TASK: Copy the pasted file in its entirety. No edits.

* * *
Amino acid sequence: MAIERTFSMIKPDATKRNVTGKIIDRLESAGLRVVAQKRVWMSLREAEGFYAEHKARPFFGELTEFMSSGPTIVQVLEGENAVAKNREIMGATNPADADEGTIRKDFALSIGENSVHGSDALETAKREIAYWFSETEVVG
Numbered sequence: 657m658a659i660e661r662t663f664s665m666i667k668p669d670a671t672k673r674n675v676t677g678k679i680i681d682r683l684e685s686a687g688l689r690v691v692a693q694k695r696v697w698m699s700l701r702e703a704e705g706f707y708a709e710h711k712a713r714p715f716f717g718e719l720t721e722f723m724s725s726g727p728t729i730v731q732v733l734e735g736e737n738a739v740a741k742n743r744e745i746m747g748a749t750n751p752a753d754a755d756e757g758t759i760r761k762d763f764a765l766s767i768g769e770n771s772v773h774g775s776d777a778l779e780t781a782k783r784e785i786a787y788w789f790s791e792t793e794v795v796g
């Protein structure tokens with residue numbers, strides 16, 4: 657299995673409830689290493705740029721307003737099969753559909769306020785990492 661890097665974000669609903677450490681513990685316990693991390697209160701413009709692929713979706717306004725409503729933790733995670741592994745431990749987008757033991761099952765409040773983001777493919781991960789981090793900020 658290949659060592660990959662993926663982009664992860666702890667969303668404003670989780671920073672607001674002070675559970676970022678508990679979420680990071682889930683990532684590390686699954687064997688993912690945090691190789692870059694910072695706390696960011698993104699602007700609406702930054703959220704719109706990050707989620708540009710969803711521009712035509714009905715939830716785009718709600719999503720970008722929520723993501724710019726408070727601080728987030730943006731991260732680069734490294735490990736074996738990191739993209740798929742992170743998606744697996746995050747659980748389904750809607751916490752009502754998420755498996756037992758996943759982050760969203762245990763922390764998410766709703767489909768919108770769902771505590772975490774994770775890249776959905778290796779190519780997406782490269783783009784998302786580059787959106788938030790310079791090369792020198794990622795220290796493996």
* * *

Amino acid sequence: MAIERTFSMIKPDATKRNVTGKIIDRLESAGLRVVAQKRVWMSLREAEGFYAEHKARPFFGELTEFMSSGPTIVQVLEGENAVAKNREIMGATNPADADEGTIRKDFALSIGENSVHGSDALETAKREIAYWFSETEVVG
Numbered sequence: 657m658a659i660e661r662t663f664s665m666i667k668p669d670a671t672k673r674n675v676t677g678k679i680i681d682r683l684e685s686a687g688l689r690v691v692a693q694k695r696v697w698m699s700l701r702e703a704e705g706f707y708a709e710h711k712a713r714p715f716f717g718e719l720t721e722f723m724s725s726g727p728t729i730v731q732v733l734e735g736e737n738a739v740a741k742n743r744e745i746m747g748a749t750n751p752a753d754a755d756e757g758t759i760r761k762d763f764a765l766s767i768g769e770n771s772v773h774g775s776d777a778l779e780t781a782k783r784e785i786a787y788w789f790s791e792t793e794v795v796g
């Protein structure tokens with residue numbers, strides 16, 4: 657299995673409830689290493705740029721307003737099969753559909769306020785990492 661890097665974000669609903677450490681513990685316990693991390697209160701413009709692929713979706717306004725409503729933790733995670741592994745431990749987008757033991761099952765409040773983001777493919781991960789981090793900020 658290949659060592660990959662993926663982009664992860666702890667969303668404003670989780671920073672607001674002070675559970676970022678508990679979420680990071682889930683990532684590390686699954687064997688993912690945090691190789692870059694910072695706390696960011698993104699602007700609406702930054703959220704719109706990050707989620708540009710969803711521009712035509714009905715939830716785009718709600719999503720970008722929520723993501724710019726408070727601080728987030730943006731991260732680069734490294735490990736074996738990191739993209740798929742992170743998606744697996746995050747659980748389904750809607751916490752009502754998420755498996756037992758996943759982050760969203762245990763922390764998410766709703767489909768919108770769902771505590772975490774994770775890249776959905778290796779190519780997406782490269783783009784998302786580059787959106788938030790310079791090369792020198794990622795220290796493996």